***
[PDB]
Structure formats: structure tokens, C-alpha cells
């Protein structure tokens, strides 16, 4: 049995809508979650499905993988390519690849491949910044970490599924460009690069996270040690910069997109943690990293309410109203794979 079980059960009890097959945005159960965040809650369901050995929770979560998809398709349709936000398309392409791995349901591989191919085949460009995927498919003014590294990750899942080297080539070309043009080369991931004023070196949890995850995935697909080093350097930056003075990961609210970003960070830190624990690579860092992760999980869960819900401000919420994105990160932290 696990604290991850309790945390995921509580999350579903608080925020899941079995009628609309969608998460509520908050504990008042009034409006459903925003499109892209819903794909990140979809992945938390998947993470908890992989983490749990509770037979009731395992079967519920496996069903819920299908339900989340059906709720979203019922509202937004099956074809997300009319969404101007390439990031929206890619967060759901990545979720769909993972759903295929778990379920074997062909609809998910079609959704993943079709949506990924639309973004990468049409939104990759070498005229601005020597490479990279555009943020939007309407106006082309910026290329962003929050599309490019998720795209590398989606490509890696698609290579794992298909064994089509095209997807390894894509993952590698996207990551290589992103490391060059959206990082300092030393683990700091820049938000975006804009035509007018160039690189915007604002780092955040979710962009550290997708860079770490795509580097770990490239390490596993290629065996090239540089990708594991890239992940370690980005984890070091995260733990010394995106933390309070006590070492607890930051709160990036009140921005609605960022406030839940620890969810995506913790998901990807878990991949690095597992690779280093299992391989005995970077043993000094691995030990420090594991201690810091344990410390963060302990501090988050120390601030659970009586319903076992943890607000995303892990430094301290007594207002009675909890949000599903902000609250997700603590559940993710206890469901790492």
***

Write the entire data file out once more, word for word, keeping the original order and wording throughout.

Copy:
[PDB]
Structure formats: structure tokens, C-alpha cells
């Protein structure tokens, strides 16, 4: 049995809508979650499905993988390519690849491949910044970490599924460009690069996270040690910069997109943690990293309410109203794979 079980059960009890097959945005159960965040809650369901050995929770979560998809398709349709936000398309392409791995349901591989191919085949460009995927498919003014590294990750899942080297080539070309043009080369991931004023070196949890995850995935697909080093350097930056003075990961609210970003960070830190624990690579860092992760999980869960819900401000919420994105990160932290 696990604290991850309790945390995921509580999350579903608080925020899941079995009628609309969608998460509520908050504990008042009034409006459903925003499109892209819903794909990140979809992945938390998947993470908890992989983490749990509770037979009731395992079967519920496996069903819920299908339900989340059906709720979203019922509202937004099956074809997300009319969404101007390439990031929206890619967060759901990545979720769909993972759903295929778990379920074997062909609809998910079609959704993943079709949506990924639309973004990468049409939104990759070498005229601005020597490479990279555009943020939007309407106006082309910026290329962003929050599309490019998720795209590398989606490509890696698609290579794992298909064994089509095209997807390894894509993952590698996207990551290589992103490391060059959206990082300092030393683990700091820049938000975006804009035509007018160039690189915007604002780092955040979710962009550290997708860079770490795509580097770990490239390490596993290629065996090239540089990708594991890239992940370690980005984890070091995260733990010394995106933390309070006590070492607890930051709160990036009140921005609605960022406030839940620890969810995506913790998901990807878990991949690095597992690779280093299992391989005995970077043993000094691995030990420090594991201690810091344990410390963060302990501090988050120390601030659970009586319903076992943890607000995303892990430094301290007594207002009675909890949000599903902000609250997700603590559940993710206890469901790492």